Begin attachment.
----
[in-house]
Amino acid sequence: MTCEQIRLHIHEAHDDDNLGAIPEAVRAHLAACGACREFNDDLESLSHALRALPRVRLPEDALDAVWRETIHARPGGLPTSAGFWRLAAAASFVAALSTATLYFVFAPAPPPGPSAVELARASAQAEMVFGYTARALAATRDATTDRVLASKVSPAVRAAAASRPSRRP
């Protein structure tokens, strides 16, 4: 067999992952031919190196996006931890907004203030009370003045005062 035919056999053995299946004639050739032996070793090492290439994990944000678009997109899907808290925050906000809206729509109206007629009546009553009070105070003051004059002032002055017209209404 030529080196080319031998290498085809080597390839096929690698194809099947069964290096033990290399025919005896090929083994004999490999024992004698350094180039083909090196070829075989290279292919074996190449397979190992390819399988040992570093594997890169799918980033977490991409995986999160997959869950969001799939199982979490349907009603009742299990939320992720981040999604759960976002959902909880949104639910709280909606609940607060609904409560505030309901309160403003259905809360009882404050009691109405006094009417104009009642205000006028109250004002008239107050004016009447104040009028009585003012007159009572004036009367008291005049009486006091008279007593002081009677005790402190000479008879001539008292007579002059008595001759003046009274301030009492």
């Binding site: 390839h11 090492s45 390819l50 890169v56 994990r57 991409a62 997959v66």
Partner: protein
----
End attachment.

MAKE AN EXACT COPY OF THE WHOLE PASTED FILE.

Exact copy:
[in-house]
Amino acid sequence: MTCEQIRLHIHEAHDDDNLGAIPEAVRAHLAACGACREFNDDLESLSHALRALPRVRLPEDALDAVWRETIHARPGGLPTSAGFWRLAAAASFVAALSTATLYFVFAPAPPPGPSAVELARASAQAEMVFGYTARALAATRDATTDRVLASKVSPAVRAAAASRPSRRP
């Protein structure tokens, strides 16, 4: 067999992952031919190196996006931890907004203030009370003045005062 035919056999053995299946004639050739032996070793090492290439994990944000678009997109899907808290925050906000809206729509109206007629009546009553009070105070003051004059002032002055017209209404 030529080196080319031998290498085809080597390839096929690698194809099947069964290096033990290399025919005896090929083994004999490999024992004698350094180039083909090196070829075989290279292919074996190449397979190992390819399988040992570093594997890169799918980033977490991409995986999160997959869950969001799939199982979490349907009603009742299990939320992720981040999604759960976002959902909880949104639910709280909606609940607060609904409560505030309901309160403003259905809360009882404050009691109405006094009417104009009642205000006028109250004002008239107050004016009447104040009028009585003012007159009572004036009367008291005049009486006091008279007593002081009677005790402190000479008879001539008292007579002059008595001759003046009274301030009492």
């Binding site: 390839h11 090492s45 390819l50 890169v56 994990r57 991409a62 997959v66």
Partner: protein